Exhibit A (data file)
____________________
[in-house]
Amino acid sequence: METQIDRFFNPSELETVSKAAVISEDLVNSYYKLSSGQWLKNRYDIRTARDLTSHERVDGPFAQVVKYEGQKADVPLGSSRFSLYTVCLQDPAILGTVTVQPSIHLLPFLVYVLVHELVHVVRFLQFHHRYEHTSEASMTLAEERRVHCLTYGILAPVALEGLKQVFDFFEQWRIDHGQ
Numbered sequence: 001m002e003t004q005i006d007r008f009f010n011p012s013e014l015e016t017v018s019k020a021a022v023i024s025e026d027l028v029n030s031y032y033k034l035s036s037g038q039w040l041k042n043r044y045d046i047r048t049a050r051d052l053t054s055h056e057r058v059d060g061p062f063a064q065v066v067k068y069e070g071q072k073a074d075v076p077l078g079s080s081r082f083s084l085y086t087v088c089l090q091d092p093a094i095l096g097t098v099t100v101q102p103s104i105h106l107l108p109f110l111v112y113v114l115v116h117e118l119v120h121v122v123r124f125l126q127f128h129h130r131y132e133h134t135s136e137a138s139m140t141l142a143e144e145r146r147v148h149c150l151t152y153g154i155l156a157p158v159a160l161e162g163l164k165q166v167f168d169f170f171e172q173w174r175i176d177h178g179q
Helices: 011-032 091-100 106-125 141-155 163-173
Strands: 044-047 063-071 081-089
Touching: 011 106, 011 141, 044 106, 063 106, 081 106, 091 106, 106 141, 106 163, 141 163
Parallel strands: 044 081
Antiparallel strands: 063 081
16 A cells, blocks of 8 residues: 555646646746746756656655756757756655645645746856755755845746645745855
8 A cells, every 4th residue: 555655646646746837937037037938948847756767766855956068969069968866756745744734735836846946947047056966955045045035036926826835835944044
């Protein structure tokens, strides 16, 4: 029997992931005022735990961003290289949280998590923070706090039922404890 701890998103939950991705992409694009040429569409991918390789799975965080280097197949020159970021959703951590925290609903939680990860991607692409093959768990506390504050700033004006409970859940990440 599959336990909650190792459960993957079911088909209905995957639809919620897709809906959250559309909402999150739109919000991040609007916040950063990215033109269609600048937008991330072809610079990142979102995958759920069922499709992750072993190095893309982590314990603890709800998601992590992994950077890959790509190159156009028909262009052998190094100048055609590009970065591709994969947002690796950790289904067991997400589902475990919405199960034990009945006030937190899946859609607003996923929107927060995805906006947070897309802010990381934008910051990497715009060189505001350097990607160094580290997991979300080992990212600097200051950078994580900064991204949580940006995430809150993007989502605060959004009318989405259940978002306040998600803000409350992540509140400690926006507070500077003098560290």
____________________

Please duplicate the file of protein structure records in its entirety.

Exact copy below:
[in-house]
Amino acid sequence: METQIDRFFNPSELETVSKAAVISEDLVNSYYKLSSGQWLKNRYDIRTARDLTSHERVDGPFAQVVKYEGQKADVPLGSSRFSLYTVCLQDPAILGTVTVQPSIHLLPFLVYVLVHELVHVVRFLQFHHRYEHTSEASMTLAEERRVHCLTYGILAPVALEGLKQVFDFFEQWRIDHGQ
Numbered sequence: 001m002e003t004q005i006d007r008f009f010n011p012s013e014l015e016t017v018s019k020a021a022v023i024s025e026d027l028v029n030s031y032y033k034l035s036s037g038q039w040l041k042n043r044y045d046i047r048t049a050r051d052l053t054s055h056e057r058v059d060g061p062f063a064q065v066v067k068y069e070g071q072k073a074d075v076p077l078g079s080s081r082f083s084l085y086t087v088c089l090q091d092p093a094i095l096g097t098v099t100v101q102p103s104i105h106l107l108p109f110l111v112y113v114l115v116h117e118l119v120h121v122v123r124f125l126q127f128h129h130r131y132e133h134t135s136e137a138s139m140t141l142a143e144e145r146r147v148h149c150l151t152y153g154i155l156a157p158v159a160l161e162g163l164k165q166v167f168d169f170f171e172q173w174r175i176d177h178g179q
Helices: 011-032 091-100 106-125 141-155 163-173
Strands: 044-047 063-071 081-089
Touching: 011 106, 011 141, 044 106, 063 106, 081 106, 091 106, 106 141, 106 163, 141 163
Parallel strands: 044 081
Antiparallel strands: 063 081
16 A cells, blocks of 8 residues: 555646646746746756656655756757756655645645746856755755845746645745855
8 A cells, every 4th residue: 555655646646746837937037037938948847756767766855956068969069968866756745744734735836846946947047056966955045045035036926826835835944044
């Protein structure tokens, strides 16, 4: 029997992931005022735990961003290289949280998590923070706090039922404890 701890998103939950991705992409694009040429569409991918390789799975965080280097197949020159970021959703951590925290609903939680990860991607692409093959768990506390504050700033004006409970859940990440 599959336990909650190792459960993957079911088909209905995957639809919620897709809906959250559309909402999150739109919000991040609007916040950063990215033109269609600048937008991330072809610079990142979102995958759920069922499709992750072993190095893309982590314990603890709800998601992590992994950077890959790509190159156009028909262009052998190094100048055609590009970065591709994969947002690796950790289904067991997400589902475990919405199960034990009945006030937190899946859609607003996923929107927060995805906006947070897309802010990381934008910051990497715009060189505001350097990607160094580290997991979300080992990212600097200051950078994580900064991204949580940006995430809150993007989502605060959004009318989405259940978002306040998600803000409350992540509140400690926006507070500077003098560290």